His story like all books about North Korea is heartbreaking. What makes A River in Darkness from other books on North Korea, though, is that because Masaji had seen what life was like outside of North Korea, he knew throughout his life that what he was being told by North Korea was a lie. And because he was part Japanese, his family’s treatment was even worse than an average Korean. There is a lot of bitterness and anger in this story that you don’t find in most other ones of totalitarian countries (Russia, China, and North Korea).
If you’re going to read one book on North Korea, I would choose Nothing to Envy over A River in Darkness. Masaji isn’t a professional writer, so the writing in this book is just not as good. It’s also a rather short book that lacks a comprehensive analysis of and some needed background on North Korea. There are also some things in the book that are a bit muddled (it says his family moved to Nakano but then it talks about Masaji wandering the streets of Tokyo). There are also some things in A River in Darkness that don’t jive with Nothing to Envy (a more thoroughly researched book) such as when or why the famine started.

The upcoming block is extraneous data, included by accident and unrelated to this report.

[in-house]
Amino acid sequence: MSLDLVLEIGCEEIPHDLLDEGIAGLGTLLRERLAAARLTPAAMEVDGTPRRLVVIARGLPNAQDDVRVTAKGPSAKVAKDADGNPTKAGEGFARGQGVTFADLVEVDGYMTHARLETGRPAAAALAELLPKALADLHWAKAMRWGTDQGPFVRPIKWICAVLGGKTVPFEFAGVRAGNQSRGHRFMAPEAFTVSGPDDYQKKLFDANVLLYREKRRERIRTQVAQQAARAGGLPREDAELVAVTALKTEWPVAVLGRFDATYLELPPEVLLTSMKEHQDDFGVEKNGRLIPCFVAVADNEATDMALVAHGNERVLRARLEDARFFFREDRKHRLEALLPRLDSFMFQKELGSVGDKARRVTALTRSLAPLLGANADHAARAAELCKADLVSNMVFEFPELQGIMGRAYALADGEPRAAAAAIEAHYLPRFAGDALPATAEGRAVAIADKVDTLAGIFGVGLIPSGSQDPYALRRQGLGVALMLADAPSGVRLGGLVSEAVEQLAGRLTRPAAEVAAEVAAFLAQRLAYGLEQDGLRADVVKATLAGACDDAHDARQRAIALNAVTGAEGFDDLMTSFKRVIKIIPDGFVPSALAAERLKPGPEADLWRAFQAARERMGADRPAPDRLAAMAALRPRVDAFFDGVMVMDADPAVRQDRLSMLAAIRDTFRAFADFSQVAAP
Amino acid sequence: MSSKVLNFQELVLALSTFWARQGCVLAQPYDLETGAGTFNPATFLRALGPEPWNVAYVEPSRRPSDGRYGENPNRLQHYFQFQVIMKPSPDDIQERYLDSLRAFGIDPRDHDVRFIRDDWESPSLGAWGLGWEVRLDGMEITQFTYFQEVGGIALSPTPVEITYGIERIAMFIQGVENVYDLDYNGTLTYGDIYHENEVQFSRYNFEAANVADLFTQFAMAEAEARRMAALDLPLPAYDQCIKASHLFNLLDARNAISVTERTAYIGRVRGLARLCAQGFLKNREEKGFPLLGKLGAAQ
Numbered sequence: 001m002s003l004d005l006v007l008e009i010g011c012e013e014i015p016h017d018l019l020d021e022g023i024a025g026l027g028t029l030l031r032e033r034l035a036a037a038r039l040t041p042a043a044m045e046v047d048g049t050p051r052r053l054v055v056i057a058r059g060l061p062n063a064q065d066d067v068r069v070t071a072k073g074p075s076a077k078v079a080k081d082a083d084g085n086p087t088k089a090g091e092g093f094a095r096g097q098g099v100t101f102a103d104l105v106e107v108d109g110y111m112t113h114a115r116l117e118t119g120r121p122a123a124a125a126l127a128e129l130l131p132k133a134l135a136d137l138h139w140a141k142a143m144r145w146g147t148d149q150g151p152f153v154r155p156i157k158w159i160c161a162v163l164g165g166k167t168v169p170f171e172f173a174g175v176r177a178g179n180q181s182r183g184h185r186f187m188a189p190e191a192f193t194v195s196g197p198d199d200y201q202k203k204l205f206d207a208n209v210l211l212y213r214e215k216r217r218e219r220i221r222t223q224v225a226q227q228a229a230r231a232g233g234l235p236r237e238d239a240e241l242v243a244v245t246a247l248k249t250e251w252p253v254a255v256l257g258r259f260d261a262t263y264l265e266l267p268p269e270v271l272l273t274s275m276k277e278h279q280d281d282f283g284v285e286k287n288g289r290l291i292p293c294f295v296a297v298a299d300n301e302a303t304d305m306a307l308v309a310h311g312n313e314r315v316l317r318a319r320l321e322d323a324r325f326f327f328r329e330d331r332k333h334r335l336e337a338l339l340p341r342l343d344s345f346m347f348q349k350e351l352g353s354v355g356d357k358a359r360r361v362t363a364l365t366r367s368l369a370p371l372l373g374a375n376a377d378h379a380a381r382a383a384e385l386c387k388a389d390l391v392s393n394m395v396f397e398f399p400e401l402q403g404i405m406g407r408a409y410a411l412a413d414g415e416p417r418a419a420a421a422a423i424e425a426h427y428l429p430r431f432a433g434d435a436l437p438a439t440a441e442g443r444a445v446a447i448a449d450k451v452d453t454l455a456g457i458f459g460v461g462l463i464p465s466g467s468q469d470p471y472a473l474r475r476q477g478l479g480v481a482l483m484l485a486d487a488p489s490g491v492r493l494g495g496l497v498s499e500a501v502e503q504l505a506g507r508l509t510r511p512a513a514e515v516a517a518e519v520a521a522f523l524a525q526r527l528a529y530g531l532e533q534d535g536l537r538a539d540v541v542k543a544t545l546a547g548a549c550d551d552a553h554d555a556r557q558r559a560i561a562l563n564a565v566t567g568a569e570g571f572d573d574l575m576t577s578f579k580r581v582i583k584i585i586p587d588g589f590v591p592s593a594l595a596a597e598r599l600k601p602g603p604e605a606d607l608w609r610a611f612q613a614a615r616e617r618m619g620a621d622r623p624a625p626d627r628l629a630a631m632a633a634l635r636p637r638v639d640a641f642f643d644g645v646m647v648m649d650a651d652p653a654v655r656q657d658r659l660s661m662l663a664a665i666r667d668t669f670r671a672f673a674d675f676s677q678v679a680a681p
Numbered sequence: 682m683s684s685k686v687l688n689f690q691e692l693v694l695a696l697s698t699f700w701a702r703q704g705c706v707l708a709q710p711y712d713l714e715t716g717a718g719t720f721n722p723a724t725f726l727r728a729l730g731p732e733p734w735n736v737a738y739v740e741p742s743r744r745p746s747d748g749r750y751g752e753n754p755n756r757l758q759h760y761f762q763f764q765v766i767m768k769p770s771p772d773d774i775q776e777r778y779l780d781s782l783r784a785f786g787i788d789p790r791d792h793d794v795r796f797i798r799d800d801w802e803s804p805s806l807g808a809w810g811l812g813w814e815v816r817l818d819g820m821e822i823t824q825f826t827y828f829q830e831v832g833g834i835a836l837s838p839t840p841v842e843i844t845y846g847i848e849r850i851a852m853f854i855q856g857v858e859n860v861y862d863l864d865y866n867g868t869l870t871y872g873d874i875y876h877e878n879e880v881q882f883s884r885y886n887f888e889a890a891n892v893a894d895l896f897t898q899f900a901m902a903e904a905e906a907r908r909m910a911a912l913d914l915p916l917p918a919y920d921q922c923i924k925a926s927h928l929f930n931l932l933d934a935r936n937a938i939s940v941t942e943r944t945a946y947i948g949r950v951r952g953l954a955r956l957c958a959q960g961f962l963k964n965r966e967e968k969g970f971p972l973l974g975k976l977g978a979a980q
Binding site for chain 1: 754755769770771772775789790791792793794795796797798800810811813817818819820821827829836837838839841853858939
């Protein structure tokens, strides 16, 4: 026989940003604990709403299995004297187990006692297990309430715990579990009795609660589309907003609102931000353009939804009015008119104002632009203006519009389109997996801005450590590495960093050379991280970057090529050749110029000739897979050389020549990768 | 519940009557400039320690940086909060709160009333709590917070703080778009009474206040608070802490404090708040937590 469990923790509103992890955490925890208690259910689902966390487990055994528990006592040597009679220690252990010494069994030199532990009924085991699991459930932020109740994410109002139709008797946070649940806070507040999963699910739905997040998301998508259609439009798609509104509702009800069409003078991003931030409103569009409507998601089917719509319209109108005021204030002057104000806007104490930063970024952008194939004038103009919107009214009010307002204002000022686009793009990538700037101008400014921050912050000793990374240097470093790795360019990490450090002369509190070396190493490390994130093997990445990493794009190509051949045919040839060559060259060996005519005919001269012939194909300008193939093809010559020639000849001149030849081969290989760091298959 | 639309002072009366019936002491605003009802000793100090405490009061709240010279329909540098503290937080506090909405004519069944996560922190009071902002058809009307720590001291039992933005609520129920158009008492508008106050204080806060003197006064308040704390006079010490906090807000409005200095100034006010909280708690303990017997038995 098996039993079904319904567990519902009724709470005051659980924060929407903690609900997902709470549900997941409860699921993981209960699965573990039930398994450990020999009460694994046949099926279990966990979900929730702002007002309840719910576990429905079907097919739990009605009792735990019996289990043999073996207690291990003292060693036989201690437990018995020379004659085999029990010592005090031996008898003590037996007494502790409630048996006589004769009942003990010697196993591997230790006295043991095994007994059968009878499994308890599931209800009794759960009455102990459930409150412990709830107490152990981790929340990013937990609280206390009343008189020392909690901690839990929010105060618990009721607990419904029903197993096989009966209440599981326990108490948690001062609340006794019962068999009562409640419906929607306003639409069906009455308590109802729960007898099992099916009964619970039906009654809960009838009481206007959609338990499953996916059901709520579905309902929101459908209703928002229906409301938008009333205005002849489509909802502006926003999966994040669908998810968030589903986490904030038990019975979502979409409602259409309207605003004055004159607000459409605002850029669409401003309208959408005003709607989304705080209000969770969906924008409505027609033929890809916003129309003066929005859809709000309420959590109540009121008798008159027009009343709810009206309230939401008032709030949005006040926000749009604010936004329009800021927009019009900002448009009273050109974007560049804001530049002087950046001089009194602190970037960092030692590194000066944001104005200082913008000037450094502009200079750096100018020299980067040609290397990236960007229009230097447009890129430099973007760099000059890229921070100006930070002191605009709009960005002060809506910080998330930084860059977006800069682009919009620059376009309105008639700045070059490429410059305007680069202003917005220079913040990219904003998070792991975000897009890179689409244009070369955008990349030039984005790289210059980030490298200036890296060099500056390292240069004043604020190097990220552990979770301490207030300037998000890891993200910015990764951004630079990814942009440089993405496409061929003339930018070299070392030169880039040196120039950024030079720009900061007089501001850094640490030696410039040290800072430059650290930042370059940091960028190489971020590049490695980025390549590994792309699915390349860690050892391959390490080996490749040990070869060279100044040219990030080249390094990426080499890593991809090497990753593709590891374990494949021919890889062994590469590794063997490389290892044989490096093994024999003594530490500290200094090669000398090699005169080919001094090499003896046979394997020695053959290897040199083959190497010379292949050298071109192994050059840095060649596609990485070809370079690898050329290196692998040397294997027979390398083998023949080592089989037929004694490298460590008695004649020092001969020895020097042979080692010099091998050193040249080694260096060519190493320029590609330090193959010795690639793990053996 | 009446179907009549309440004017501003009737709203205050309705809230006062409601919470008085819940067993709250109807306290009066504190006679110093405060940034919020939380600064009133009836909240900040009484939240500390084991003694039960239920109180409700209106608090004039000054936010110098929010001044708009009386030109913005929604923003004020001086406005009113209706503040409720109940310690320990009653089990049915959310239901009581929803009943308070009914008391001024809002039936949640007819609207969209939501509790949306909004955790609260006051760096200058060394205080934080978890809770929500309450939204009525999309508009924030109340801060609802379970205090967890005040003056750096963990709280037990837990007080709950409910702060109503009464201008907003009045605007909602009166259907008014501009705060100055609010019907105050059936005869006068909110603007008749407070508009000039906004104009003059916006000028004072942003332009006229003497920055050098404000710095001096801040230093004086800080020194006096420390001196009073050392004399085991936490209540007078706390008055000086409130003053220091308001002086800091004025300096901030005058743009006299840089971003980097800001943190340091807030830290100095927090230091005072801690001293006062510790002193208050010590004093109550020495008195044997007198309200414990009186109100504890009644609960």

However, if you’re looking for a short book to read in a day or on a plane ride, A River of Darkness is a good choice.
By Suki Kim (2014)
My rating: 5 out of 5 stars
“Sometimes the longer you are inside a prison, the harder it is to fathom what is possible beyond its walls.”
I absolutely adored Without You There is No Us by Suki Kim. My only regret is that I borrowed instead of bought the book. I’m writing this review from memory and from notes I had taken when I first read the book.
Suki Kim is a journalist who goes to North Korea to teach English. Before reading this book, I had no idea you could teach English in North Korea. A Christian missionary group was given permission by the North Korean government to send English teachers (also missionaries) to teach at an elite university in Pyongyang.
Kim doesn’t go into detail about the gulags or torture chambers of North Korea that we hear about from the U.S. government. She keeps it focused on her observations of and experiences with her students and colleagues. I found her account more authentic than anyone else’s that I’ve read because she doesn’t focus on the sensational and the men in power. Yes, these are the elite, but they’re also quite naïve and innocent children.
If you’ve taught English overseas like I have, I think you’ll enjoy Without You There is No Us.
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So that’s my list of best books about Korea. I read most of these books about Korea in a little over seven days during a pandemic. They were the BEST antidote to my anxiety and worries that I’d been suffering through since mid-March.
There are so many great books on this list, but I think I’ve come up with my five favorite books in order from my absolute favorite to my fifth favorite. However, books 2 through 4 could easily be switched around.